Stephanie Salomone wins Outstanding Educator Award for Higher Education
Five years ago, Associate Math Professor Stephanie Salomone spent the majority of spring semester sitting in doctor’s waiting rooms and the emergency room,“just thinking.”
Salomone is the mother of three young boys, and in 2014, her middle son had three major seizures. In the time she spent waiting for her son to recover, she realized that her work in mathematical research and creating theories was no longer fulfilling, and she wanted to be able to turn her attention to helping others like her son was helped through his illness.
From that year on, she started devoting her time to creating better math and science teachers, helping UP’s faculty understand how students could learn better and helping the Portland community better use resources for science, technology, engineering and math (STEM) education.
Salomone was recently awarded the from the Oregon Academy of Science for her work in educating new math and sciences teachers and her efforts to introduce more young people, especially women, into the STEM community. Her commitment to student learning and continuous work helping teachers led to her success. Salomone will be honored at Linfield College on Feb. 23 during an awards presentation.
Salomone said she feels honored about receiving this award, but believes that it’s not about winning.
“I care more about helping students figure out what they love, and then helping them find ways to do that,” Salomone said. “I never thought I would land at a place that values teaching as much as UP does. I’m really lucky, I get to do what I love every day. That’s so rare.”
Salomone feels very connected to her students at UP and tries to instill in her students the foundation of a Holy Cross education. She said she believes that “every student is a whole person” and deserves respect. Salomone also said good teaching should mean having good relationships with your students.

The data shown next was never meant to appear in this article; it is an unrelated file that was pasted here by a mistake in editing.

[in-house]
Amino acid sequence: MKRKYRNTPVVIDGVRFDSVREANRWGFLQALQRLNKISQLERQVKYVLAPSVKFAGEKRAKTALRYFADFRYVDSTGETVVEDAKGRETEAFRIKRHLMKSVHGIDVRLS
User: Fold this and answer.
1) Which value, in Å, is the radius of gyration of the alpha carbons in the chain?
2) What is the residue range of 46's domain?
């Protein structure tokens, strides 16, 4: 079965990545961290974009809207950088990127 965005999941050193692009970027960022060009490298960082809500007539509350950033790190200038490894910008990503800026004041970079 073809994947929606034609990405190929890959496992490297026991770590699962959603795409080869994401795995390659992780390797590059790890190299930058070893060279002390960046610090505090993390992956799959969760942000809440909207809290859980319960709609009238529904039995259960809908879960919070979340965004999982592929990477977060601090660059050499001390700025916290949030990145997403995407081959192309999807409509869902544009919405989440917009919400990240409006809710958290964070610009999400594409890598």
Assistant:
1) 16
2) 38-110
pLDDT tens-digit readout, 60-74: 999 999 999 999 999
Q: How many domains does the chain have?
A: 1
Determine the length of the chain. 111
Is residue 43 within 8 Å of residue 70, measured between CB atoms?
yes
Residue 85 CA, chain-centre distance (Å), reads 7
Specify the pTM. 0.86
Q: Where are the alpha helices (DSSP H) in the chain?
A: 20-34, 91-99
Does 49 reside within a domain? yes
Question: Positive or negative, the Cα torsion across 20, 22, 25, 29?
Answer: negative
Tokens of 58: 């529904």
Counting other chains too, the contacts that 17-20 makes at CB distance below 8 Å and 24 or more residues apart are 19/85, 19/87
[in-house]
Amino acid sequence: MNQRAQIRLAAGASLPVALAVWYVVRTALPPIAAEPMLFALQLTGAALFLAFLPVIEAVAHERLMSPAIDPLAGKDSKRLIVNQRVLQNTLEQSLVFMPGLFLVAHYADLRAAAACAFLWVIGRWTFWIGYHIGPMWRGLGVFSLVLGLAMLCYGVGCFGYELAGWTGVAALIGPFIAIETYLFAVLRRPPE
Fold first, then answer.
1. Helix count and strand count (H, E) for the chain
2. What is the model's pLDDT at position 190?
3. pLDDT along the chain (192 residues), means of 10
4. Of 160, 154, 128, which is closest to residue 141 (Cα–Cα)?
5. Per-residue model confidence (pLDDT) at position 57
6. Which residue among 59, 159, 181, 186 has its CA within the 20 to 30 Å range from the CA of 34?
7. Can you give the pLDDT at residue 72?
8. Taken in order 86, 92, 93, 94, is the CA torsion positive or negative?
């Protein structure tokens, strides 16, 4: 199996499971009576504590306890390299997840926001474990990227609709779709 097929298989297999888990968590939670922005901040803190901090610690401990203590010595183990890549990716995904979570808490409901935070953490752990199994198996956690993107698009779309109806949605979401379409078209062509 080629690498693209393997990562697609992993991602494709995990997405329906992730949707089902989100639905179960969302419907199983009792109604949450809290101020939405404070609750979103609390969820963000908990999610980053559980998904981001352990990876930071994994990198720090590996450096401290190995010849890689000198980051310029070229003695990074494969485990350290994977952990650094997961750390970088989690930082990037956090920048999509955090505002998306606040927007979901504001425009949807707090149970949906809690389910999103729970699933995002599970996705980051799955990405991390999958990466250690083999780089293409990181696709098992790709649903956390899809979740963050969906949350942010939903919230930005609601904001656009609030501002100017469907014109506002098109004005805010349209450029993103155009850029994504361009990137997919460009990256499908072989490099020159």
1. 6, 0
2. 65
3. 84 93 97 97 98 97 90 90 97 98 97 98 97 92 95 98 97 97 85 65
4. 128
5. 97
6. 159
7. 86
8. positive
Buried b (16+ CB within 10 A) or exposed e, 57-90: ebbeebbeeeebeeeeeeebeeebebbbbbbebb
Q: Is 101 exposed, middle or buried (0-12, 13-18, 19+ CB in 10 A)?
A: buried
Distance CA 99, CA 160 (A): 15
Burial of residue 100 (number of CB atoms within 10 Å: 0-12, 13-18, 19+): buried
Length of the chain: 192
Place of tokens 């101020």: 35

Junior Ruthie Olsen said Salomone has a “unique ability to bring people into her 'circle' through her contagious love of learning and teaching.” She said Salomone is someone who “clearly cares deeply” about her students.
Salomone has been teaching mathematics at UP since 2005, and in 2012 she became the Principal Investigator of the of 1.2 million dollars that helps STEM students and STEM professionals who want to become teachers in high-need schools.
“We need great teachers, and we need great scientists who become teachers,” Salomone said.
Her training is in mathematics, but the Noyce Grant was the first event that exposed her to STEM outreach. Salomone is very passionate about STEM outreach, as she aims to help young people everywhere figure out what they themselves are passionate about, regardless of gender.
“I happen to be a woman who is a mathematician,” Salomone said. “But I’d rather just be called a mathematician, the ‘woman’ doesn’t have to be part of it.
When Salomone was working on her degree at the University of Michigan, she said tried to declare a math honors major. But she said her male advisor told her she simply wasn’t serious enough about math.
She said after talking to her female peers, she learned her advisor said that to every female student who wanted to major in honors math.
But she did it anyway, and sat in the department chair’s office and refused to leave until he signed the paperwork.
“I don’t like being told ‘you can’t do this,’” Salomone said.
This determination to major in honors math came from Salomone’s long held desire to become a math teacher. She said she had always been good at math, and knew from a young age she wanted to teach it.
Salomone earned her Ph.D in math from UCLA in 2004 and said she sent out over 152 applications to every university that was hiring a math professor at the time.
“UP was actually the first college that called,” Salomone said. “And I knew that was the place I wanted to be. There’s something about this place.”
Milo, Salomone’s 10-year-old son, sometimes refers to his mom as “a doctor who cannot help people,” referring to how she doesn’t heal people like a medical doctor can. But Salomone said she’s glad that she’s 43 years old, because she has ample time to prove her son wrong by helping students everywhere.
“Is there a way I can provide opportunities for all kids — and then all students at all levels that need the best science, math and engineering teachers they can get?” Salomone said she asks herself.
In her future work, Salomone hopes to continue to help students figure out who they are and what they love to do, whatever that may be.
“I don’t think there’s any reason why an 18 or 22-year-old should know what a successful life looks like,” Salomone said. “I want students to explore their interests, passions, and leave room for pieces (of themselves) that don’t exist yet.”